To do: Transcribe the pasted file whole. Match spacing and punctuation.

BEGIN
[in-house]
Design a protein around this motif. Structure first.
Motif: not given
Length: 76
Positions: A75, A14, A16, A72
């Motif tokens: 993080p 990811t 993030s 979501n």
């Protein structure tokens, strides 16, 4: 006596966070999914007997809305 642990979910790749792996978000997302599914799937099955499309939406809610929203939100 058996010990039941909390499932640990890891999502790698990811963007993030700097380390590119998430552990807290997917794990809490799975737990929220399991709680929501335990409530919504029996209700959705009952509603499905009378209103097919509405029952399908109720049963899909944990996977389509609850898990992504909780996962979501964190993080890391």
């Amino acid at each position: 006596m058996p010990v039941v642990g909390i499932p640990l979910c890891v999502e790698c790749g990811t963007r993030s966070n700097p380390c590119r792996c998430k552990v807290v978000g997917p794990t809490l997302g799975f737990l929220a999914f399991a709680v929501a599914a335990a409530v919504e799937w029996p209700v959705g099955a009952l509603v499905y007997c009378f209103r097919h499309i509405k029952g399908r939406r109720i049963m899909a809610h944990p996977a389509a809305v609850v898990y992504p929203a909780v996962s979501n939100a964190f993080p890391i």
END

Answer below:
[in-house]
Design a protein around this motif. Structure first.
Motif: not given
Length: 76
Positions: A75, A14, A16, A72
């Motif tokens: 993080p 990811t 993030s 979501n």
């Protein structure tokens, strides 16, 4: 006596966070999914007997809305 642990979910790749792996978000997302599914799937099955499309939406809610929203939100 058996010990039941909390499932640990890891999502790698990811963007993030700097380390590119998430552990807290997917794990809490799975737990929220399991709680929501335990409530919504029996209700959705009952509603499905009378209103097919509405029952399908109720049963899909944990996977389509609850898990992504909780996962979501964190993080890391």
């Amino acid at each position: 006596m058996p010990v039941v642990g909390i499932p640990l979910c890891v999502e790698c790749g990811t963007r993030s966070n700097p380390c590119r792996c998430k552990v807290v978000g997917p794990t809490l997302g799975f737990l929220a999914f399991a709680v929501a599914a335990a409530v919504e799937w029996p209700v959705g099955a009952l509603v499905y007997c009378f209103r097919h499309i509405k029952g399908r939406r109720i049963m899909a809610h944990p996977a389509a809305v609850v898990y992504p929203a909780v996962s979501n939100a964190f993080p890391i």